The EEOC could sue my company over the wellness program that is part of our medical plan?

Yes, that agency recently sued an employer in Wisconsin claiming the penalty the employer imposed for nonparticpation in its program was too significant, causing the medical inquiries under the program to be involuntary for purposes of the Americans with Disabilities Act (ADA). EEOC v. Orion Energy Systems, E.D. WI, filed August 20, 2014). Our Disability, Leave & Health Management Blog looks more closely at the EEOC’s theories for liability. It is also important to remember the Affordable Care Act (ACA) rules for wellness programs.

Many employers are in the process of reviewing their medical plans in preparation for the upcoming open enrollment season for 2015. The focus is largely on ACA compliance, in particular the employer shared responsibility penalties. But, as wellness programs have increasingly become a feature of medical plans, employers need to also be reviewing the ACA wellness program regulations, as well as the other laws that may affect their wellness program design and administration, such as the ADA.

Features of the wellness program challenged by the EEOC. According to the EEOC’s complaint, the employer paid 100% of the health insurance premiums for employees who participated in its “voluntary” wellness program. If the employee chose not to participate, the employee paid 100% of the premiums. The program had two components: (i) employees completed a Health Risk Assessment (HRA), which seems to have included having blood work done, and (ii) a “fitness” component involved completing a medical history questionnaire and then using the employer’s range of motion machines. The complaint also alleges that there was a $50 “penalty” for not participating in the fitness component of the wellness program.

ACA Issues. Enforcement of the ACA regulations is outside the EEOC’s jurisdiction, but it is important to remember some key provisions of the ACA regulations that became effective this year for wellness programs:

  • The new regulations raise the maximum permissible reward offered in connection with a health-contingent wellness program to 30 percent. This amount is raised to 50 percent for programs that seek to reduce tobacco use.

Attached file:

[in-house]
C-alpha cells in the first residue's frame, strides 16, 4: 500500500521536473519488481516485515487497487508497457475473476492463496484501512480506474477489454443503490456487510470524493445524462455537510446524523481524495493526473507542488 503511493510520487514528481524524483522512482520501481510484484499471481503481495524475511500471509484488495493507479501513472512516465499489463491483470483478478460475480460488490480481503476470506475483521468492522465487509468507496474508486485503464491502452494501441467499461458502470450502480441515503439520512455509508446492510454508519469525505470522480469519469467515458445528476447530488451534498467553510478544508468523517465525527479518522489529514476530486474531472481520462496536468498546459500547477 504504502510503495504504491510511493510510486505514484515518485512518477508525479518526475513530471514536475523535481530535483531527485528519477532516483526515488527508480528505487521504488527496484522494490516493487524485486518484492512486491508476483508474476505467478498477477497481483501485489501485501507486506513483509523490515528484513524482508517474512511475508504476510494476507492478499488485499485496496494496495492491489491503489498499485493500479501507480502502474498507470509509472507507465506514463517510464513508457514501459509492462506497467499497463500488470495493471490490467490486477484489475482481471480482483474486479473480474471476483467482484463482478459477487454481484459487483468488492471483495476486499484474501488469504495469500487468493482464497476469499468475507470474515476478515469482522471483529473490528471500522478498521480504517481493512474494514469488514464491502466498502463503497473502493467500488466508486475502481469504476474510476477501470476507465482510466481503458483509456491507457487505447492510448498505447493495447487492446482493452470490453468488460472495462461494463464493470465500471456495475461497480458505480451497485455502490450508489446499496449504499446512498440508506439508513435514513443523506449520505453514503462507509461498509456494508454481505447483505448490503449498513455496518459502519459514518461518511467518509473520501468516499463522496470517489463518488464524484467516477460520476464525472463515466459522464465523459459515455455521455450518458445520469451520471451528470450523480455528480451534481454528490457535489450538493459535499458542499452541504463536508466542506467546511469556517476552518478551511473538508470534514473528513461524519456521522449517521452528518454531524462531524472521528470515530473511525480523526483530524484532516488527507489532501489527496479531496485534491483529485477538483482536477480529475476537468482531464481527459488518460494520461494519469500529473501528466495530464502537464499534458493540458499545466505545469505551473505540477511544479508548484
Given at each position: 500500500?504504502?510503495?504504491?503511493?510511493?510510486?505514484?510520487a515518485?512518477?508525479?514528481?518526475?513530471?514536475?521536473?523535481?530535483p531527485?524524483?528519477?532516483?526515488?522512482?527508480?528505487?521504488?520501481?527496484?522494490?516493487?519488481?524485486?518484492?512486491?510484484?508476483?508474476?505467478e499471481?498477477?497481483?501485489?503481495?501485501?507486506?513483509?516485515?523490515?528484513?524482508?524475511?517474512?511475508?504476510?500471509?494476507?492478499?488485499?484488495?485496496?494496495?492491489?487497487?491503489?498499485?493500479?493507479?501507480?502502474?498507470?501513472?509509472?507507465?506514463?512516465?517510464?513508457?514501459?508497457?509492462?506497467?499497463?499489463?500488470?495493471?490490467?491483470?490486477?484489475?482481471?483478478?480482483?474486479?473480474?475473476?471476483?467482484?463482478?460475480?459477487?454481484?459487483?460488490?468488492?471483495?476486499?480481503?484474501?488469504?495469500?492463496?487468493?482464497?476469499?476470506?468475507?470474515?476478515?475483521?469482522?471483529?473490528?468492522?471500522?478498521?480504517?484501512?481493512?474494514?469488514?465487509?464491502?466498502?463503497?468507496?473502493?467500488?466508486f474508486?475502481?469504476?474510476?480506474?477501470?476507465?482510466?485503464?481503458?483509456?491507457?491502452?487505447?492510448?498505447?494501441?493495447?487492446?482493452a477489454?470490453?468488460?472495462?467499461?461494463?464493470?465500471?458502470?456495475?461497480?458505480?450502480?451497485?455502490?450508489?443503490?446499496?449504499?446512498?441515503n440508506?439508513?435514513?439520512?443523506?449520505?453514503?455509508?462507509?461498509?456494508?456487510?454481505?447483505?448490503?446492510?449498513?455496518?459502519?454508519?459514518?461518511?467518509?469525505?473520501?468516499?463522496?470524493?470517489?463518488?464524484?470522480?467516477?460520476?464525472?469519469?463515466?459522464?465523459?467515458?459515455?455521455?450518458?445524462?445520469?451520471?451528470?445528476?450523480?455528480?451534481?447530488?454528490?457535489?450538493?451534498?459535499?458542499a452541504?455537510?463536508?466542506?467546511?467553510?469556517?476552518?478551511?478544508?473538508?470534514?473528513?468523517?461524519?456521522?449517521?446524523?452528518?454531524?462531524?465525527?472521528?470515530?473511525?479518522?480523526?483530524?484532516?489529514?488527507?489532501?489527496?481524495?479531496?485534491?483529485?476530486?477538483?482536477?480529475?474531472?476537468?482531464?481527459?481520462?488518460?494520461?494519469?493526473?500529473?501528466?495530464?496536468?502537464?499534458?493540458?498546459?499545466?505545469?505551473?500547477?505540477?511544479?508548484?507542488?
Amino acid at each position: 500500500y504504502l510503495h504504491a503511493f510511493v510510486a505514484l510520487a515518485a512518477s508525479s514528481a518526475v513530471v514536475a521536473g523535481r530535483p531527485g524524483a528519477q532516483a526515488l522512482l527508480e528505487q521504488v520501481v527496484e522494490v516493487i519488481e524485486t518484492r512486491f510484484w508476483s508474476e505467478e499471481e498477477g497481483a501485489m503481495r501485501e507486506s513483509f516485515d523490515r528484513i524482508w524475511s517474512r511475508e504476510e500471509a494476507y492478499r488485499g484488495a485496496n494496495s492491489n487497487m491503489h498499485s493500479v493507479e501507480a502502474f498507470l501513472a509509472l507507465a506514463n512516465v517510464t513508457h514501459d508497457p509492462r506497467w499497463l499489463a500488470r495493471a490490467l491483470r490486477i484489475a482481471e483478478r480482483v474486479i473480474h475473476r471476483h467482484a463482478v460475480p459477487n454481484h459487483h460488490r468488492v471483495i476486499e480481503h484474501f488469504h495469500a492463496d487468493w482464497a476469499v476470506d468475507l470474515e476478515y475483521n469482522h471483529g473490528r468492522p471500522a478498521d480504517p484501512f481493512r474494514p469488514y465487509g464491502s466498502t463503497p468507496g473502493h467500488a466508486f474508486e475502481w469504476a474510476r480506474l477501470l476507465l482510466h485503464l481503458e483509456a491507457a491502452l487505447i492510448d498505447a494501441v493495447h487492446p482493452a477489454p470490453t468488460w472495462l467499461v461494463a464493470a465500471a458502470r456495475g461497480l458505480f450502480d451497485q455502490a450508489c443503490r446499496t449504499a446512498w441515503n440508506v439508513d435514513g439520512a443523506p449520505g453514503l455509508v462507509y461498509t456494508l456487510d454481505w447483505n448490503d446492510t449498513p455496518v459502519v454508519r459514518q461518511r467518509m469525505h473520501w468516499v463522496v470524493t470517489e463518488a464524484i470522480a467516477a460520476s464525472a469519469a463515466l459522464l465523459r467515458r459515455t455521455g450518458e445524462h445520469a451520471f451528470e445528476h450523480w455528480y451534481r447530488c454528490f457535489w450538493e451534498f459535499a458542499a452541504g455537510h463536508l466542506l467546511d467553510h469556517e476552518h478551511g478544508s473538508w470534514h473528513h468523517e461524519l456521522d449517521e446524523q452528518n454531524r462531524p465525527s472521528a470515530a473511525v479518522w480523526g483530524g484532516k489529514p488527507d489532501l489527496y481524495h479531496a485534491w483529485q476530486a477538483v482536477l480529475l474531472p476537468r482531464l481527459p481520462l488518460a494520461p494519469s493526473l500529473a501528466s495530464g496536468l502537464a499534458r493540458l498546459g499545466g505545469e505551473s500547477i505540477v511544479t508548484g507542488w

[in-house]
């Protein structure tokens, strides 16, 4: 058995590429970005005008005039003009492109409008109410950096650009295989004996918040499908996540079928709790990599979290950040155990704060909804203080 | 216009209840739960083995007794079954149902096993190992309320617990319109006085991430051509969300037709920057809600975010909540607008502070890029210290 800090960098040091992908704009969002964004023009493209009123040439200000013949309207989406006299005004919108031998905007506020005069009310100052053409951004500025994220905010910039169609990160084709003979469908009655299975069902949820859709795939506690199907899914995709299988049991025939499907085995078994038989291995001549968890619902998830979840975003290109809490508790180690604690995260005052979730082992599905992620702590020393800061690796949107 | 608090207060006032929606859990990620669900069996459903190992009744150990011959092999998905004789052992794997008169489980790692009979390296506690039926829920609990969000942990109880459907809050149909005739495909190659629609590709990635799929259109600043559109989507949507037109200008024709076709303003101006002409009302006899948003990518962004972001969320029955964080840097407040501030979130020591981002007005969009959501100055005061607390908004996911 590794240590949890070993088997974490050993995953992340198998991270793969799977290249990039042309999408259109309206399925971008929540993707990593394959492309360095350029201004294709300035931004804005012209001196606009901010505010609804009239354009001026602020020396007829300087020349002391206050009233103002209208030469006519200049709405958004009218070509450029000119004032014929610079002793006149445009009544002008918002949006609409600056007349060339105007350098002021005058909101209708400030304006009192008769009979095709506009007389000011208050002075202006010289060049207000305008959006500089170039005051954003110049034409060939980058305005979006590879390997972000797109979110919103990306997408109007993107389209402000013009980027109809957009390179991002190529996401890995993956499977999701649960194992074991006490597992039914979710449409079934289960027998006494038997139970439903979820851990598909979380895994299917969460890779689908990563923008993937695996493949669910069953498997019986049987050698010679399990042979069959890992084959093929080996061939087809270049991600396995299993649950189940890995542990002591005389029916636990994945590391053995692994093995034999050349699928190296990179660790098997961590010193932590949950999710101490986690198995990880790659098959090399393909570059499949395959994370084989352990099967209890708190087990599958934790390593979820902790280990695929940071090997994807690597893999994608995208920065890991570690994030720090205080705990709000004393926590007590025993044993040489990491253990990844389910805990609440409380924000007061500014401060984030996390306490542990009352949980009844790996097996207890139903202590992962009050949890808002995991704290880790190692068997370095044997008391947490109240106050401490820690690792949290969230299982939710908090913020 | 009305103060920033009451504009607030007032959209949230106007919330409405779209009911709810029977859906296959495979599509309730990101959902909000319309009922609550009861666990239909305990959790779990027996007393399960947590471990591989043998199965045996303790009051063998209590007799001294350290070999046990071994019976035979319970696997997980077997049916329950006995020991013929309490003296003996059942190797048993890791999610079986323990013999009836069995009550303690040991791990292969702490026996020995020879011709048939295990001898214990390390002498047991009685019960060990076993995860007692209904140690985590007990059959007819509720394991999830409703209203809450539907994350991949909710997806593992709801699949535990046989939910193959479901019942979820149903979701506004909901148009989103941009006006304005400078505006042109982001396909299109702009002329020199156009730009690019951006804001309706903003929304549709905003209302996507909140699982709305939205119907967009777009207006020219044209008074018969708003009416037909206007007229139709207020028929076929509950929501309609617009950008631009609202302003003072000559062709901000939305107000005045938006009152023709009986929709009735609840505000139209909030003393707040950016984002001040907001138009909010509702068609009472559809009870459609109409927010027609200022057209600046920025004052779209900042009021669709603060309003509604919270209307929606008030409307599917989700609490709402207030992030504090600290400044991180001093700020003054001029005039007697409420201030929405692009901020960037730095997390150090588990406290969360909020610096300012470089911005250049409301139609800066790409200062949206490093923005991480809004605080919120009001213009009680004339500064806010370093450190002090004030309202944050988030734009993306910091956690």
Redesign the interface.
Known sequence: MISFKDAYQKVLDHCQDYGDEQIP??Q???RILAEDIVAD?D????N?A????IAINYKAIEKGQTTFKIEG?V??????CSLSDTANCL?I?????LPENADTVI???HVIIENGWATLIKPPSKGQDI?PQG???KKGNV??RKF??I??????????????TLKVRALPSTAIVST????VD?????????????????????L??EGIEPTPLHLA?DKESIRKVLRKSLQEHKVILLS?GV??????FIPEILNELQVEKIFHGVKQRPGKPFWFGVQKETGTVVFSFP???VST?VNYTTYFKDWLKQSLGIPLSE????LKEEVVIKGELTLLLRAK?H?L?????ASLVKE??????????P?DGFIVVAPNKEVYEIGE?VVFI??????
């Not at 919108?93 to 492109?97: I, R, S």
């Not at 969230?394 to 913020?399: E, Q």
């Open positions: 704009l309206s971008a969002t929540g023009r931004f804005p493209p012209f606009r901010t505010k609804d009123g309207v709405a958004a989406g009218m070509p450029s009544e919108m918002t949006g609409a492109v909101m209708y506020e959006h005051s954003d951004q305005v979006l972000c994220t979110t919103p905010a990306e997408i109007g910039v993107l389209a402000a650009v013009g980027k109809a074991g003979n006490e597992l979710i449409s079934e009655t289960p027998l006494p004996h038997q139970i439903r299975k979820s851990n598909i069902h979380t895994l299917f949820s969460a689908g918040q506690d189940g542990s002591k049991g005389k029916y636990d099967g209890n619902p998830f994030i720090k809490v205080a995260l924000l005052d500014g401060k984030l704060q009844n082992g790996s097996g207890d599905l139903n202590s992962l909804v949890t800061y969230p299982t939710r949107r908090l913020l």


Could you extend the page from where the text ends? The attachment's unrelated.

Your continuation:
• Health contingent programs can come in two forms: “outcome based” and “activity-only.”
  • Outcome-based wellness programs, in general, reward employees for meeting certain goals, such as lowering their body mass index or cholesterol, or quitting smoking. A reasonable alternative standard must be provided for all individuals who do not meet the outcome-based standard, to ensure that the program is reasonably designed to improve health and is not a subterfuge for underwriting or reducing benefits based on health status.
  • Activity-only wellness programs require individuals to perform or complete an activity related to a health factor in order to obtain a reward, although a particular outcome is not required. Activity-only programs require that a reasonable alternative standard for obtaining the reward be provided to individuals for whom it would be unreasonably difficult due to a medical condition or medically inadvisable to meet the existing standard.
  • Program descriptions must describe the availability of the reasonable alternatives available.

For more information about these rules, including a free 90-minute webinar, go to our wellness program resource center.

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Photo of Joseph J. Lazzarotti Joseph J. Lazzarotti

Joseph J. Lazzarotti is a Principal in the Morristown, New Jersey, office of Jackson Lewis P.C. He founded and currently leads the firm’s Privacy, e-Communication and Data Security Practice, edits the firm’s Privacy Blog, and is a Certified Information Privacy Professional (CIPP) with…

Joseph J. Lazzarotti is a Principal in the Morristown, New Jersey, office of Jackson Lewis P.C. He founded and currently leads the firm’s Privacy, e-Communication and Data Security Practice, edits the firm’s Privacy Blog, and is a Certified Information Privacy Professional (CIPP) with the International Association of Privacy Professionals. Trained as an employee benefits lawyer, focused on compliance, Mr. Lazzarotti also is a member of the firm’s Employee Benefits Practice Group.

In short, his practice focuses on the matrix of laws governing the privacy, security, and management of data, as well as the impact and regulation of social media. He also counsels companies on compliance, fiduciary, taxation, and administrative matters with respect to employee benefit plans.